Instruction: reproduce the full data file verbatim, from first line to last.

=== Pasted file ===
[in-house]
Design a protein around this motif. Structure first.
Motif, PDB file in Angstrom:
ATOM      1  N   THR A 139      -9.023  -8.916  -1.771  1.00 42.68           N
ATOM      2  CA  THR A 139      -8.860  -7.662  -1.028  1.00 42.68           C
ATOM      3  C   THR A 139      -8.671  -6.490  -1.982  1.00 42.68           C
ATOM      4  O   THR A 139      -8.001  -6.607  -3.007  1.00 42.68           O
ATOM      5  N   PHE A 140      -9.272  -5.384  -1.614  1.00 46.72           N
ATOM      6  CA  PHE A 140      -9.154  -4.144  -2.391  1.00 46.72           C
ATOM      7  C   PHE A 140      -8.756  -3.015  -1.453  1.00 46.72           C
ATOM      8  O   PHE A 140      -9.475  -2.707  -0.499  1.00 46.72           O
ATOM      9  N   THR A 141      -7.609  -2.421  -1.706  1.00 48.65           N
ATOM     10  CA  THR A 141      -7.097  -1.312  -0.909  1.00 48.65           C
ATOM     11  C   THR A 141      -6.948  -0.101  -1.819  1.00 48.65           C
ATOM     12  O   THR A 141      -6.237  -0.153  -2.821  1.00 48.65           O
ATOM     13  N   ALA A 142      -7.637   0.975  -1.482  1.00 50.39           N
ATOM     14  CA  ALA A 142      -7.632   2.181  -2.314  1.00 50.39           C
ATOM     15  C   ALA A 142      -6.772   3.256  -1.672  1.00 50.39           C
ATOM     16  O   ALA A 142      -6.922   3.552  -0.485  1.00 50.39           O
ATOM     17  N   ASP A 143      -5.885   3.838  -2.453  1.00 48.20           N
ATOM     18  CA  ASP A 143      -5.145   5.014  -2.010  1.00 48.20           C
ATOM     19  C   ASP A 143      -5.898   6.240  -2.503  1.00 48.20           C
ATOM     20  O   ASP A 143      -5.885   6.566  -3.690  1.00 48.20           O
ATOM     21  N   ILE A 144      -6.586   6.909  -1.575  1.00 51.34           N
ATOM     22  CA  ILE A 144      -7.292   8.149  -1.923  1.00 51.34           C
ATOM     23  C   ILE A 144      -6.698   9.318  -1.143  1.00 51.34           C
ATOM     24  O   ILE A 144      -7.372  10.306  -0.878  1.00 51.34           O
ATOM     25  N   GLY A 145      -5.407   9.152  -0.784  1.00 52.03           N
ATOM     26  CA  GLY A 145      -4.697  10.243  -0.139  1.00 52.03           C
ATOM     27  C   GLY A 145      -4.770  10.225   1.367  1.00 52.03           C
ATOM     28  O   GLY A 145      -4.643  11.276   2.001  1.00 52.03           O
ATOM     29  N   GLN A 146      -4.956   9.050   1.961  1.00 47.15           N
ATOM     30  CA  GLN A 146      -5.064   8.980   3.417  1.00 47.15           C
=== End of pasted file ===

[in-house]
Design a protein around this motif. Structure first.
Motif, PDB file in Angstrom:
ATOM      1  N   THR A 139      -9.023  -8.916  -1.771  1.00 42.68           N
ATOM      2  CA  THR A 139      -8.860  -7.662  -1.028  1.00 42.68           C
ATOM      3  C   THR A 139      -8.671  -6.490  -1.982  1.00 42.68           C
ATOM      4  O   THR A 139      -8.001  -6.607  -3.007  1.00 42.68           O
ATOM      5  N   PHE A 140      -9.272  -5.384  -1.614  1.00 46.72           N
ATOM      6  CA  PHE A 140      -9.154  -4.144  -2.391  1.00 46.72           C
ATOM      7  C   PHE A 140      -8.756  -3.015  -1.453  1.00 46.72           C
ATOM      8  O   PHE A 140      -9.475  -2.707  -0.499  1.00 46.72           O
ATOM      9  N   THR A 141      -7.609  -2.421  -1.706  1.00 48.65           N
ATOM     10  CA  THR A 141      -7.097  -1.312  -0.909  1.00 48.65           C
ATOM     11  C   THR A 141      -6.948  -0.101  -1.819  1.00 48.65           C
ATOM     12  O   THR A 141      -6.237  -0.153  -2.821  1.00 48.65           O
ATOM     13  N   ALA A 142      -7.637   0.975  -1.482  1.00 50.39           N
ATOM     14  CA  ALA A 142      -7.632   2.181  -2.314  1.00 50.39           C
ATOM     15  C   ALA A 142      -6.772   3.256  -1.672  1.00 50.39           C
ATOM     16  O   ALA A 142      -6.922   3.552  -0.485  1.00 50.39           O
ATOM     17  N   ASP A 143      -5.885   3.838  -2.453  1.00 48.20           N
ATOM     18  CA  ASP A 143      -5.145   5.014  -2.010  1.00 48.20           C
ATOM     19  C   ASP A 143      -5.898   6.240  -2.503  1.00 48.20           C
ATOM     20  O   ASP A 143      -5.885   6.566  -3.690  1.00 48.20           O
ATOM     21  N   ILE A 144      -6.586   6.909  -1.575  1.00 51.34           N
ATOM     22  CA  ILE A 144      -7.292   8.149  -1.923  1.00 51.34           C
ATOM     23  C   ILE A 144      -6.698   9.318  -1.143  1.00 51.34           C
ATOM     24  O   ILE A 144      -7.372  10.306  -0.878  1.00 51.34           O
ATOM     25  N   GLY A 145      -5.407   9.152  -0.784  1.00 52.03           N
ATOM     26  CA  GLY A 145      -4.697  10.243  -0.139  1.00 52.03           C
ATOM     27  C   GLY A 145      -4.770  10.225   1.367  1.00 52.03           C
ATOM     28  O   GLY A 145      -4.643  11.276   2.001  1.00 52.03           O
ATOM     29  N   GLN A 146      -4.956   9.050   1.961  1.00 47.15           N
ATOM     30  CA  GLN A 146      -5.064   8.980   3.417  1.00 47.15           C